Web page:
I am myself basically opposed to abortion on two grounds. One, I believe that life begins at conception (it all has to do with souls, and nothing to do with whether a foetus is, or is not, 'viable'). Two, I think abortion is one of those things about modern society that encourages people to think actions have no consequence, that trivilises human life. The end of that slope is where those who are seen as a burden to the state are killed off. That clinic in Holland is just the next step along that road - Hitler and all the other eugenicists out there would be proud.

Never happen some might say. Back in 1924 Hitler had had his few moments of fame too.

The Budget

I wish I could get exercised about the Budget one way or another, but in truth I can't even really be bothered to find out what new flamboyant schemining Gordon Brown and his leech-like minions in the Treasury have come up with. Of course, my personal antipathy towards Gordon Brown is growing each day, so it would be fair to say I'm a teeny-weeny bit biased.

However, the main reason I can't be bothered reading about it now is that, if the election does happen on May 5th as expected, I'll be hearing it rehashed so many times it'll make me sick.

Besides, because it's an election budget it is even more untrustworthy than a normal one.

Baseball and holiday

Last night I stumbled on NASN a Spring Training game between the Mariners and the Giants, and promptly all my rather vague plans for the evening got shelved as a I relaxed watching a very creditable ball game. Saw some good pitching, batting, and fielding (and two moderately ghastly fielding errors by San Fran).

The regular season can't come soon enough.

Also a couple of weeks ago I booked my flightly for my trip Stateside in the autumn - timed strategically so I could go to a ball-game. I highly recommend booking tickets 6 months in advance, and also paying in £s for an American carrier when the exchange rate is like it is now. Hopefully it will remain good when I get around to getting myself some $s probably in August.

In the meantime I'm rooting for Wales this weekend when they face the Irish in an attempt to do the Grandslam. If the Irish had polished off the French it would be the other way around, but ....

anyone who can beat the French is going to have my support.

Monday, March 14, 2005

American conservative's Field Guide

Over at Crescat Sententia Raffi Melkonian has posted the first part of his (American) Conservatives' Field Guide (to Europe).

He puts the basic question faced by those like him thus:

You can fight, of course - but literally everyone will disagree, ...and sometimes it's hard to counter arguments you haven't heard before. Or, you can join the ranks of what I began, near the end of my time over there, to call the "study abroad apostates" - people who were perfectly sensible republicans or democrats at home, but upon finding themselves seemingly on the wrong side of every issue in Europe, fall over each other to denounce America.

From a slightly different placed (ie UK citizen) I am someone who is quite open and honest about my admiration and liking for President Bush, and I am bemused, though not surprised, by the knee-jerk hostility this can provoke. What is though in many respects worse is that people will just assume that, as an educated person, I am going to dislike Americans in general and George Bush in particular. It's a poisonous atmosphere, and can be very oppresive.

I have, amusingly though, encountered something similar on the other side of the fence when I was US (in Chicago actually) and someone expected me, as a European, to be anti-Bush. I think I quite shocked his worldview when I turned out to be nothing of the sort.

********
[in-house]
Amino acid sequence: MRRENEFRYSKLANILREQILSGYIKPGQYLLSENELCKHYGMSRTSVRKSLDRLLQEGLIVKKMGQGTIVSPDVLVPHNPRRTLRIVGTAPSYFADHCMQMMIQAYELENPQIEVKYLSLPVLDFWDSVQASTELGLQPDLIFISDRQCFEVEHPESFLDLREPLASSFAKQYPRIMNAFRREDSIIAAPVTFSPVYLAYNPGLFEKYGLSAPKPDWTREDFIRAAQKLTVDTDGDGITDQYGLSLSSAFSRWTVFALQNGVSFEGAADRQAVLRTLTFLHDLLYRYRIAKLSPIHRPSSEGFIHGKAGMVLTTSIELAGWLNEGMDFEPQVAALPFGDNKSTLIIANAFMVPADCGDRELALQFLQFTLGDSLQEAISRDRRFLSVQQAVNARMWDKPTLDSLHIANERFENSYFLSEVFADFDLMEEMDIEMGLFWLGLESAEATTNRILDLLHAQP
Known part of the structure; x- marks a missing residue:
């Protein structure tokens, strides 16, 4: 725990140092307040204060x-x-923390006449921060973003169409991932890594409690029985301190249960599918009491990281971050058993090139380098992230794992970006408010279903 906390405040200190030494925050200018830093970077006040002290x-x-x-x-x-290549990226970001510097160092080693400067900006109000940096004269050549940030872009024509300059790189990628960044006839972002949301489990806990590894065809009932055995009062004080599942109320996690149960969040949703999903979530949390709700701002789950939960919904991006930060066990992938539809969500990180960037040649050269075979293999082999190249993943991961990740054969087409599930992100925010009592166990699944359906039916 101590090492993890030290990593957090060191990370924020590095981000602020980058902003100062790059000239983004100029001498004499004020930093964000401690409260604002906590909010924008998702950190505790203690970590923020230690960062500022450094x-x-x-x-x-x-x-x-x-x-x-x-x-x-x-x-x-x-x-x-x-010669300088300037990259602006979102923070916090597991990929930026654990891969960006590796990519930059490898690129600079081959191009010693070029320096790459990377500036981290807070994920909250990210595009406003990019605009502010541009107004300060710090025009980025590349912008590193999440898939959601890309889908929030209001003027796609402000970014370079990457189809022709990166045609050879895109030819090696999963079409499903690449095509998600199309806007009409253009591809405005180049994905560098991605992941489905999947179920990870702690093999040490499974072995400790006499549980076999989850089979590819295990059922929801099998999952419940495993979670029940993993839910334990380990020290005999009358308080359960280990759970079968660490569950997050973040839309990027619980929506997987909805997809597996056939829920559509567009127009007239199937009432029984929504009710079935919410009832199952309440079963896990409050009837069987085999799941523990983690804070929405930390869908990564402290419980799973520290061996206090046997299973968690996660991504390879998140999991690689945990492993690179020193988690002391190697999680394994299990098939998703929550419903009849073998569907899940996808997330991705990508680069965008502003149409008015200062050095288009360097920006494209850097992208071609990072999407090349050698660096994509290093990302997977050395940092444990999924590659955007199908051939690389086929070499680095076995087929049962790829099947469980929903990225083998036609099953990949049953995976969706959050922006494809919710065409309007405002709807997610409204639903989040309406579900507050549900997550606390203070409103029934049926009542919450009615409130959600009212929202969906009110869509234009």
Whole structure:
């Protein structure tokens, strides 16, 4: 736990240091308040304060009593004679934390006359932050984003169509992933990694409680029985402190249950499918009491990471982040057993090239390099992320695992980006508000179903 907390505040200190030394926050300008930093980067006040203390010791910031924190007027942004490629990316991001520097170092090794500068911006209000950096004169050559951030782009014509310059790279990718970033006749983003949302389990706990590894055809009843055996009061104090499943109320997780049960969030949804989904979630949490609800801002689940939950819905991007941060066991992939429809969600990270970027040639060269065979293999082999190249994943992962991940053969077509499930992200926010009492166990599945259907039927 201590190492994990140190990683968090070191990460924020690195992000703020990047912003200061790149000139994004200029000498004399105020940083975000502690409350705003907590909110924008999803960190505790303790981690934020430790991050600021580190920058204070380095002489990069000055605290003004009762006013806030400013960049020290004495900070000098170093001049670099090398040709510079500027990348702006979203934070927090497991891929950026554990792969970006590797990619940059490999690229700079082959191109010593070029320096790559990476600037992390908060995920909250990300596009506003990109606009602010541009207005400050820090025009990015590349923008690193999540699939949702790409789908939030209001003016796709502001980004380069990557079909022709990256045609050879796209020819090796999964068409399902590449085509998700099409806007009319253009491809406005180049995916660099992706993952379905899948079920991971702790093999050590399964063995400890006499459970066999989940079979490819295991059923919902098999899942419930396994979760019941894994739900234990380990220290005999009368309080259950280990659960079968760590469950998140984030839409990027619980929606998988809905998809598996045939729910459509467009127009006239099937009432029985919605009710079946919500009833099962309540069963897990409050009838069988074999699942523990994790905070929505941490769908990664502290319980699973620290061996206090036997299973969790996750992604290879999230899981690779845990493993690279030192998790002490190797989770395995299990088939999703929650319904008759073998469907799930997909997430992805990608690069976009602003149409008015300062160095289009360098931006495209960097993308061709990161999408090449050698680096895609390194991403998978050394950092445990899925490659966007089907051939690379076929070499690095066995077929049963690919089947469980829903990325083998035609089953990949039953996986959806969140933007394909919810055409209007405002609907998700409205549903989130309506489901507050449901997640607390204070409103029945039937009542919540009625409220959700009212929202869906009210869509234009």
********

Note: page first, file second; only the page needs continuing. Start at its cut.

Of course, there was a time when I was much less forthright in my views, when I felt almost apologetic for holding them (which is the perniciousness of the prevailing atmopshere). No longer - it is far better for my self-esteem to be true to one's feelings. Even if it does get you into some arguments, and loose some friends (but, one should ask, are they friends worth having if they let politics get in the way of friendship).

Sunday, March 13, 2005

The Prevention of Terrorism Act

So it is through, finally. Mostly I avoided all and any coverage of it simply because the reporting was so exceptionally bad. You have Charles Kennedy et al saying its a threat to civil liberties, waving Magna Carta around, and apparently no single journalist has a memory to remind these politicians that guaranteeing judicial review in a war-time situation is, in fact, a new development, an extension of those liberties that are not in our law in the first place.

For what it's worth I think judicial review would be a good thing, though I am mightily pissed off by now having judges making increasingly political decisions. That is what ministers are there for. The law is there to make people toe the line, not to decide what the line is.

All in all, however, the Tory party seems to be doing its level-best to ensure I vote Labour come Election day.

Thursday, March 10, 2005

Book #4
Blog: Understanding the Information Reformation that is changing your world by Hugh Hewitt

I am cordially interested more really about the phenomenon of blogging than blogging myself, so I was always going to read this book, even though it is not really aimed at me, and this book is definitely aimed. In particular it is aimed at people who don't really know much about blogs - perhaps they heard of them in connection with Dan Rather, but not really anything else. So a great deal of it is basically covering ground I already knew. For all that Hugh Hewitt does trace a very good history through four important moments of the blogosphere: Trent Lott, Jayson Blair, the Swift Vets, and (of course) Dan Rather. He also delves into the nitty-gritty - how the blogosphere is currently structured, some of the major sites, the mechanics, how to respond, and so on and so forth. Of course he does write from a conservative angle, which will probably annoy some people.